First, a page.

Tacoma has been named a renewable community by the Department of Housing and Urban Development, making the city eligible to share in $17 billion in federal tax incentives designed to stimulate job growth, promote economic development and create affordable housing.
As part of the Renewal Community Initiative established by the 2000 Community Renewal Tax Relief Act, Tacoma was one of 40 cities nationwide – out of more than 100 communities that applied – selected.
Using census data, renewal communities were identified areas with low household income and high unemployment.
Tacomas renewable community area has an unemployment rate of 18 percent, with 72 percent of families identified as low income, according to HUD.
The citys renewal community includes the downtown, Hilltop, Tideflats and East Side areas.
As a result of this designation, Tacoma will receive regulatory relief and tax breaks to help local businesses provide more jobs and community revitalization.
With the renewable community status, the city can take advantage of wage credits, tax deductions, capital gains exclusions and bond financing in order to stimulate economic development and job growth.
HUD has previously designated Tacoma as an Enterprise Community, meaning the city has already implemented several strategies to reduce the tax burden on residents.
Some of those strategies include obtaining State Community Enterprise Zone designation, simplifying the local business tax structure, reducing the local tax on service businesses and using creative tax incentives to encourage rehabilitation and redevelopment projects.
Tacoma plans future steps to reduce the tax burden on local businesses over the next five years, as well as additional tax credits.
Some of the incentives the city is eligible for include:
Wage credits – up to a $1,500 credit for every newly hired or existing employee in the renewal community.
Work opportunity credits – up to a $2,400 credit for each employee hired from groups with traditionally high unemployment rates.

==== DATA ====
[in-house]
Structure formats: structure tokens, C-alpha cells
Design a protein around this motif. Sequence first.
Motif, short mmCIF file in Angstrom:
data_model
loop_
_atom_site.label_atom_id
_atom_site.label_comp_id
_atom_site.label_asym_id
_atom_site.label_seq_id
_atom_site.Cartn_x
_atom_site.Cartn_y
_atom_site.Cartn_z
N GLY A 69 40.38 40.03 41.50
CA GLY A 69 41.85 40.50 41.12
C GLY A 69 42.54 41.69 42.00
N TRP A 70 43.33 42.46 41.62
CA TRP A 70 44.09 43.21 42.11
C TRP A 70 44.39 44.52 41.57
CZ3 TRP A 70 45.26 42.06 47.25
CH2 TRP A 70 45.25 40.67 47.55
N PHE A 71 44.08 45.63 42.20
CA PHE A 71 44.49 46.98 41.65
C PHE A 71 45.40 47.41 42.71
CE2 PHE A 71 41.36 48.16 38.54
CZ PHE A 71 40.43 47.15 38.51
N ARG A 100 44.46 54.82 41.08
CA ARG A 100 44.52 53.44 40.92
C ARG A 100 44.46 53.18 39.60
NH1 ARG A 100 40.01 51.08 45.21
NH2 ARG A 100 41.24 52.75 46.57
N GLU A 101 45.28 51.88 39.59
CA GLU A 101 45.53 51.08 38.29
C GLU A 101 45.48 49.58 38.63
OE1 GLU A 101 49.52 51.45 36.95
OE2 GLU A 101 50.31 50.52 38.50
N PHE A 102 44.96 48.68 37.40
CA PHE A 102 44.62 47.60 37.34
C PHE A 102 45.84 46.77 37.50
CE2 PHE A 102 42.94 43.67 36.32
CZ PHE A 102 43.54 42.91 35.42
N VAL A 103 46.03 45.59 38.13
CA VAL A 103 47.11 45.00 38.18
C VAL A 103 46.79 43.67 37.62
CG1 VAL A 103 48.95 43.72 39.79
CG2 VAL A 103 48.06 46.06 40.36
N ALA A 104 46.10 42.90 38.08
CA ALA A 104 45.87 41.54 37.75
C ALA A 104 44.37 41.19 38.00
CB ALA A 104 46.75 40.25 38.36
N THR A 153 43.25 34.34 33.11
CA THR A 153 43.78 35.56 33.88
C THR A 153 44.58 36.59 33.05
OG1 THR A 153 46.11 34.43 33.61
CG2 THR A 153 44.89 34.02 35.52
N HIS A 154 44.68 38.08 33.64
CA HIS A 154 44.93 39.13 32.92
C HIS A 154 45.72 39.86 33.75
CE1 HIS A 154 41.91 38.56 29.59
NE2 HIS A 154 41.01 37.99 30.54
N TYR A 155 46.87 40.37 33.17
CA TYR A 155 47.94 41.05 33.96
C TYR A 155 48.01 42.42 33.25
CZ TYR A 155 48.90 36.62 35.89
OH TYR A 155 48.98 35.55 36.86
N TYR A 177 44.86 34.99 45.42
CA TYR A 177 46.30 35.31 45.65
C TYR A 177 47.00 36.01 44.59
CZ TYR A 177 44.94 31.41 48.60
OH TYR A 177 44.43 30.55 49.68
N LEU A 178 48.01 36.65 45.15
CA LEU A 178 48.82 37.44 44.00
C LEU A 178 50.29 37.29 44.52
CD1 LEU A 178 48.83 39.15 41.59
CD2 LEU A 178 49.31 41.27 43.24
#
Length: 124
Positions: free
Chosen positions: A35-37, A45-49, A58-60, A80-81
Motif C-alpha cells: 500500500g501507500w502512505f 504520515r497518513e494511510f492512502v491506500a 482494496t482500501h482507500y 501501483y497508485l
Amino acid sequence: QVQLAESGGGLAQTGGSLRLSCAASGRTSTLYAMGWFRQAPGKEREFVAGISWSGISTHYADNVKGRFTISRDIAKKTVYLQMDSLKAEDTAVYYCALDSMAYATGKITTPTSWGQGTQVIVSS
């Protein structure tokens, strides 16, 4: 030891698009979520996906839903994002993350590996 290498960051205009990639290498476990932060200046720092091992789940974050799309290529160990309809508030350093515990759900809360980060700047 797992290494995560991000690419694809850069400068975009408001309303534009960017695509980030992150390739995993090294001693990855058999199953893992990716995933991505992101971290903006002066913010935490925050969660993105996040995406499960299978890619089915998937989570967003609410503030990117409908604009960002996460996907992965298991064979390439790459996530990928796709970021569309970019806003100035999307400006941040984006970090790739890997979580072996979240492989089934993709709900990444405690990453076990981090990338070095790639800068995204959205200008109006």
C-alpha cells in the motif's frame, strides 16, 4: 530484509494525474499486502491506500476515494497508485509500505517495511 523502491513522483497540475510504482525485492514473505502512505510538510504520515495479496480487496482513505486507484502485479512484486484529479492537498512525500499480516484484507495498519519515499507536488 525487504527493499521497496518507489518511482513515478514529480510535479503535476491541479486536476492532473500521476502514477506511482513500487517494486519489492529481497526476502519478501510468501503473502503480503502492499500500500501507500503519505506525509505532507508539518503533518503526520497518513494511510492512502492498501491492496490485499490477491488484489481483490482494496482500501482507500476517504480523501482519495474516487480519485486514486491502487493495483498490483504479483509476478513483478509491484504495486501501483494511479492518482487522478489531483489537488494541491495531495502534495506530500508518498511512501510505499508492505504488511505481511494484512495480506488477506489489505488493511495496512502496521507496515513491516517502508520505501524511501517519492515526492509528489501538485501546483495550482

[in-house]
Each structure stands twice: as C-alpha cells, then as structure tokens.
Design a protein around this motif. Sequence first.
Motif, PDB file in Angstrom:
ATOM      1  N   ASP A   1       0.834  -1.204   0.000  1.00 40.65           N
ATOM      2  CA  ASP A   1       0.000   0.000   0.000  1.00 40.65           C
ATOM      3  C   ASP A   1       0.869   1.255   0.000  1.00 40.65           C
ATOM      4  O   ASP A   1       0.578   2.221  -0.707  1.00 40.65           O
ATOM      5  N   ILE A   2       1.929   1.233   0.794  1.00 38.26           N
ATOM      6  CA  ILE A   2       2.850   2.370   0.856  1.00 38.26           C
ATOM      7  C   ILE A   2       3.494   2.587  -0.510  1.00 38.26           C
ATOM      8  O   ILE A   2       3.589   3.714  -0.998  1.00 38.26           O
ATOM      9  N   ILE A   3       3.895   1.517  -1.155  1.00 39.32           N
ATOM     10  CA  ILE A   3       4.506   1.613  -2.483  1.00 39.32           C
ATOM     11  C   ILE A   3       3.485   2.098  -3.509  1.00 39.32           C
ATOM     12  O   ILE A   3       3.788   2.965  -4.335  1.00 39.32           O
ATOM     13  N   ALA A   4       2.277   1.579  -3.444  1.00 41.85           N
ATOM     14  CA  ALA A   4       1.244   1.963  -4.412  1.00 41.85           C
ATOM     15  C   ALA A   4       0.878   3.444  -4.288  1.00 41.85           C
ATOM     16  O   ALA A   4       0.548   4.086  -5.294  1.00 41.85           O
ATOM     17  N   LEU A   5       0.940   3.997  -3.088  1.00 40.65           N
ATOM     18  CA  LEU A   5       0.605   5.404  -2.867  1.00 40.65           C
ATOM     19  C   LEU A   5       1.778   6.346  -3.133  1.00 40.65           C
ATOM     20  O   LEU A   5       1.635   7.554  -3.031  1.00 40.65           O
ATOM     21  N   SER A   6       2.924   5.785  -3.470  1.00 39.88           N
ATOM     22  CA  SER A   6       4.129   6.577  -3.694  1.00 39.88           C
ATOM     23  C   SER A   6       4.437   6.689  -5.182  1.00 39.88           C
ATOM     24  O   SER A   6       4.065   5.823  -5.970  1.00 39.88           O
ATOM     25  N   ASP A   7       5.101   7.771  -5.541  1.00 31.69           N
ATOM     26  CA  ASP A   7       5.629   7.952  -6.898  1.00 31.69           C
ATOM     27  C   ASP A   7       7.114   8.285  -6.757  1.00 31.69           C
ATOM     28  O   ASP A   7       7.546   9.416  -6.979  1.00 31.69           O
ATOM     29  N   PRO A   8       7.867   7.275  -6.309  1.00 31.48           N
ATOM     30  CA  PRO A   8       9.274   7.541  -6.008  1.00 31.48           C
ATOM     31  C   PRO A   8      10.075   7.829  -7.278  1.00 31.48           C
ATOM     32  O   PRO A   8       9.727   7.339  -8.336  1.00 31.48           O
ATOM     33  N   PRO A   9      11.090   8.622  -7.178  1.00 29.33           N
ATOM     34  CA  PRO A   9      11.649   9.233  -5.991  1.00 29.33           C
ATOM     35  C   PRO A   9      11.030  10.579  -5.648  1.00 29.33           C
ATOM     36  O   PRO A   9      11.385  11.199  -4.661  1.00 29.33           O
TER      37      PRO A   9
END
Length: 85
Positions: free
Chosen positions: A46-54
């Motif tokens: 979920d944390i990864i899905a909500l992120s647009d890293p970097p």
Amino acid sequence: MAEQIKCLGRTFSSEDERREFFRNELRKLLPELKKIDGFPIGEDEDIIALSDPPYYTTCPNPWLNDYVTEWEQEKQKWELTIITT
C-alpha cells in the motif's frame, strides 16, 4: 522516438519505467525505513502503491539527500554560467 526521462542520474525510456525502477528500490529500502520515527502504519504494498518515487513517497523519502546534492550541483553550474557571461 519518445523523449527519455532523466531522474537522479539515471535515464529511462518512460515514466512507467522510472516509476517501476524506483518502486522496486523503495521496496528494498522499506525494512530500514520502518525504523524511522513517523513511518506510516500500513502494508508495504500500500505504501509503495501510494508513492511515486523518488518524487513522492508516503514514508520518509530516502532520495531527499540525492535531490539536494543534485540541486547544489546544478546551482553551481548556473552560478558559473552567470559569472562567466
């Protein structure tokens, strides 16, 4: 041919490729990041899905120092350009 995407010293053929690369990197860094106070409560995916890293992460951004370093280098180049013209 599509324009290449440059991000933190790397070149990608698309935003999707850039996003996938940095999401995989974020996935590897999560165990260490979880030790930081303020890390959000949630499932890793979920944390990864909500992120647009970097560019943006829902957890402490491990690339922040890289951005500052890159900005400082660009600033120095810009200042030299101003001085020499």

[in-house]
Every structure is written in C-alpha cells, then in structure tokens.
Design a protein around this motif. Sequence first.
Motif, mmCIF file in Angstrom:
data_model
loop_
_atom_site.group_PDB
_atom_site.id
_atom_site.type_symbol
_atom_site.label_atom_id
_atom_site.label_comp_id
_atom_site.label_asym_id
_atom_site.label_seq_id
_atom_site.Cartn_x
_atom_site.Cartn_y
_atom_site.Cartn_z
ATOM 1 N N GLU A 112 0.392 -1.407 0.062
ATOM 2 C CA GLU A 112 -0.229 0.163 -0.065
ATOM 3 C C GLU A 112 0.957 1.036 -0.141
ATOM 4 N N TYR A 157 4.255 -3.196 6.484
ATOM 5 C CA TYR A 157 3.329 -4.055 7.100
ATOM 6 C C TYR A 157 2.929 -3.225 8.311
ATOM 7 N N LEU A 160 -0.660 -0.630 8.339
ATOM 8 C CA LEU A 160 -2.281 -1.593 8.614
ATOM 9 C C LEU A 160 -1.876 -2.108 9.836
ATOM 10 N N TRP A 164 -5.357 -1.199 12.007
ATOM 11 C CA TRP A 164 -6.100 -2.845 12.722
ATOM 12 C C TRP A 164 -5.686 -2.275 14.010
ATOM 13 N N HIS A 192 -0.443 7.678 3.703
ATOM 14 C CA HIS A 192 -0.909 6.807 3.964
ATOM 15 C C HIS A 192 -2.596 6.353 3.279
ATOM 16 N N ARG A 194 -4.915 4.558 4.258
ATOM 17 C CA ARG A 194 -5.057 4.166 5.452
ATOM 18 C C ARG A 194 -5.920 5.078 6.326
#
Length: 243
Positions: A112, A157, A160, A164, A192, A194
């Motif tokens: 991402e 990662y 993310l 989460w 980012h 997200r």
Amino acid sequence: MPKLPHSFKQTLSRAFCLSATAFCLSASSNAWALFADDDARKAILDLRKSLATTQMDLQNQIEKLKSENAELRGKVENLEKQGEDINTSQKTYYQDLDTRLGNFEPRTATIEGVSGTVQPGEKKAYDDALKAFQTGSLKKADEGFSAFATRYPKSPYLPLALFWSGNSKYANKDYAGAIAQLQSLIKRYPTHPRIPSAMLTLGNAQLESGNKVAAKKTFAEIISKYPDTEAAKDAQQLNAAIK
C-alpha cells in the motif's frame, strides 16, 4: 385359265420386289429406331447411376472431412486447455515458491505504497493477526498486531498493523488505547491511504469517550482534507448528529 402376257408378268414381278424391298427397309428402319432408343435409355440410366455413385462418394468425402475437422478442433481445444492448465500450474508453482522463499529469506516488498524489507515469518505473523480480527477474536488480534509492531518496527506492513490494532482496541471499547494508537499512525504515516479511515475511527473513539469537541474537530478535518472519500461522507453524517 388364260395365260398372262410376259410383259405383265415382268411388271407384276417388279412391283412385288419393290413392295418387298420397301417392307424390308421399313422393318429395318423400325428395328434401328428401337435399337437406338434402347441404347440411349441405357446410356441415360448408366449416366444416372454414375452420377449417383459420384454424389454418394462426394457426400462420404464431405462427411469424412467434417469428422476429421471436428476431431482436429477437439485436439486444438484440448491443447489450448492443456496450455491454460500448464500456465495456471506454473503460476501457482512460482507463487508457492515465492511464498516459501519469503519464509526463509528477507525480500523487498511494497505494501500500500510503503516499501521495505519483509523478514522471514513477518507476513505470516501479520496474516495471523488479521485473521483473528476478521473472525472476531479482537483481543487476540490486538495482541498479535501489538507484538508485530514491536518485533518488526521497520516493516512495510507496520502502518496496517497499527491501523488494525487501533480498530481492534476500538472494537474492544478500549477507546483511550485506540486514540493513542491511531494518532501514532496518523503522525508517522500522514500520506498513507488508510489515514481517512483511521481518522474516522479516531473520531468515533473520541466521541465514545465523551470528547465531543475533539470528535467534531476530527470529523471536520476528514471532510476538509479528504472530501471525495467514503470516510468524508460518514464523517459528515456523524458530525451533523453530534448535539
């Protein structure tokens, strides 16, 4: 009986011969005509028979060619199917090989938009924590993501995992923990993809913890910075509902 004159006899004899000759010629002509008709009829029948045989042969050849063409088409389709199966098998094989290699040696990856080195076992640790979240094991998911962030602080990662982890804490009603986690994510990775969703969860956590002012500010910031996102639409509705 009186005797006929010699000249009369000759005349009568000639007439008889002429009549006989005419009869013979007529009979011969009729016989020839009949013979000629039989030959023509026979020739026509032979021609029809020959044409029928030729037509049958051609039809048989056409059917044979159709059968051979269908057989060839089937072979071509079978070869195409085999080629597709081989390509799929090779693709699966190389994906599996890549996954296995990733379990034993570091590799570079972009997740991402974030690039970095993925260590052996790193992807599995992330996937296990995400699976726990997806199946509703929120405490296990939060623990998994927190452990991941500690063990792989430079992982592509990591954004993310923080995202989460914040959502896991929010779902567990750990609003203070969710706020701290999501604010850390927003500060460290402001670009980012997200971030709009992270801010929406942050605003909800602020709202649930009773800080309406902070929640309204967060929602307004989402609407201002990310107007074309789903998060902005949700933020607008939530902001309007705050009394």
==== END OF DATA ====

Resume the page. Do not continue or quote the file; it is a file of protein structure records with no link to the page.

Welfare to work credits – up to a $3,500 (first year) credit and $5,000 (second year) for each newly hired long-term welfare recipient.
Tax deductions – allowing up to $35,000 a year in property costs, such as equipment and machinery, if acquired from now through 2009.
Capital gains exclusions – a zero percent rate applied to interest of certain businesses acquired and held for at least five years.
This renewal community designation will build upon the substantial progress we have made in Tacoma in recent years through HUDs Enterprise Community program, Rep. Norm Dicks (D-Belfair) said in a statement.
I believe this combination of targeted tax incentives can spur job creation and new business development in this portion of Tacoma, where new economic activity is urgently needed.”
Last nights City Council Meeting was attended by HUD officials as part of the official announcement.
I think this can go and help the hardest hit areas in Tacoma simply to improve, said John Meyers, HUDs regional director for the Northwest.
HUDs Director of Community Planning and Development for Washington Jack Peters said he would work with city officials over the next several months to help implement the plan.
Bringing a bit of humor to the often dry world of city economics, City Council- member Kevin Phelps jokingly asked Meyers if he brought a check for the city.
The checks in the mail, Meyers deadpanned.